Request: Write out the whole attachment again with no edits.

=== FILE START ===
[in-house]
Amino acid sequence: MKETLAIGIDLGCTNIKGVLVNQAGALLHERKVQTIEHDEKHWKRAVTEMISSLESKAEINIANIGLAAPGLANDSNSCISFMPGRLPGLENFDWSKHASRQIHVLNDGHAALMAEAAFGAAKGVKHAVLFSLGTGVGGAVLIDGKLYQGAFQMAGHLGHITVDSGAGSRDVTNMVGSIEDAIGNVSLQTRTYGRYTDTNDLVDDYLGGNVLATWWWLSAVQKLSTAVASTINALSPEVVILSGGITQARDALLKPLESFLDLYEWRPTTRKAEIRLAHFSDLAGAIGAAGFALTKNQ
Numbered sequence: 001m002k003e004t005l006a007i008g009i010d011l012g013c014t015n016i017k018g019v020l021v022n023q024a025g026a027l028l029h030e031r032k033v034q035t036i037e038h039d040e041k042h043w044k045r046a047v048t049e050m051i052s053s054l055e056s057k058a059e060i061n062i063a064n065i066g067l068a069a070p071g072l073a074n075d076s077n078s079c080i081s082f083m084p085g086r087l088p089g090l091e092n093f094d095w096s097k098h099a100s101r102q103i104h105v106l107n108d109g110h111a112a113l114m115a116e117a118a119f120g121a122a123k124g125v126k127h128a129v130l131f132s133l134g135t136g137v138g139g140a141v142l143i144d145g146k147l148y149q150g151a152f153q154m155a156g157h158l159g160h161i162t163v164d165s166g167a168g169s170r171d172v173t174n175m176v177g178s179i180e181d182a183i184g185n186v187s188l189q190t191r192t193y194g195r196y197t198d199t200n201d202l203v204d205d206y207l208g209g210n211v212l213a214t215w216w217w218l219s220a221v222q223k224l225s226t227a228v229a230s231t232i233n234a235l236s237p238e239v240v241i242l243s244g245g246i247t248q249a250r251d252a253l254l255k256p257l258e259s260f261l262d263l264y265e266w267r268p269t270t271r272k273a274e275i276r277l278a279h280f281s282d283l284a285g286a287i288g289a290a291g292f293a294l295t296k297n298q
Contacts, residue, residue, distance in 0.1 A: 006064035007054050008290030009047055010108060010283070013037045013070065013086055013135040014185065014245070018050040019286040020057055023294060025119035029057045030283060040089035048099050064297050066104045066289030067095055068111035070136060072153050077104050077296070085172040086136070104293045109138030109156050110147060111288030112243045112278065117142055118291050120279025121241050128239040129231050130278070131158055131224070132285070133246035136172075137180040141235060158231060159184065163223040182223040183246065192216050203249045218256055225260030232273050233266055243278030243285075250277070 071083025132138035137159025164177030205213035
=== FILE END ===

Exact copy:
[in-house]
Amino acid sequence: MKETLAIGIDLGCTNIKGVLVNQAGALLHERKVQTIEHDEKHWKRAVTEMISSLESKAEINIANIGLAAPGLANDSNSCISFMPGRLPGLENFDWSKHASRQIHVLNDGHAALMAEAAFGAAKGVKHAVLFSLGTGVGGAVLIDGKLYQGAFQMAGHLGHITVDSGAGSRDVTNMVGSIEDAIGNVSLQTRTYGRYTDTNDLVDDYLGGNVLATWWWLSAVQKLSTAVASTINALSPEVVILSGGITQARDALLKPLESFLDLYEWRPTTRKAEIRLAHFSDLAGAIGAAGFALTKNQ
Numbered sequence: 001m002k003e004t005l006a007i008g009i010d011l012g013c014t015n016i017k018g019v020l021v022n023q024a025g026a027l028l029h030e031r032k033v034q035t036i037e038h039d040e041k042h043w044k045r046a047v048t049e050m051i052s053s054l055e056s057k058a059e060i061n062i063a064n065i066g067l068a069a070p071g072l073a074n075d076s077n078s079c080i081s082f083m084p085g086r087l088p089g090l091e092n093f094d095w096s097k098h099a100s101r102q103i104h105v106l107n108d109g110h111a112a113l114m115a116e117a118a119f120g121a122a123k124g125v126k127h128a129v130l131f132s133l134g135t136g137v138g139g140a141v142l143i144d145g146k147l148y149q150g151a152f153q154m155a156g157h158l159g160h161i162t163v164d165s166g167a168g169s170r171d172v173t174n175m176v177g178s179i180e181d182a183i184g185n186v187s188l189q190t191r192t193y194g195r196y197t198d199t200n201d202l203v204d205d206y207l208g209g210n211v212l213a214t215w216w217w218l219s220a221v222q223k224l225s226t227a228v229a230s231t232i233n234a235l236s237p238e239v240v241i242l243s244g245g246i247t248q249a250r251d252a253l254l255k256p257l258e259s260f261l262d263l264y265e266w267r268p269t270t271r272k273a274e275i276r277l278a279h280f281s282d283l284a285g286a287i288g289a290a291g292f293a294l295t296k297n298q
Contacts, residue, residue, distance in 0.1 A: 006064035007054050008290030009047055010108060010283070013037045013070065013086055013135040014185065014245070018050040019286040020057055023294060025119035029057045030283060040089035048099050064297050066104045066289030067095055068111035070136060072153050077104050077296070085172040086136070104293045109138030109156050110147060111288030112243045112278065117142055118291050120279025121241050128239040129231050130278070131158055131224070132285070133246035136172075137180040141235060158231060159184065163223040182223040183246065192216050203249045218256055225260030232273050233266055243278030243285075250277070 071083025132138035137159025164177030205213035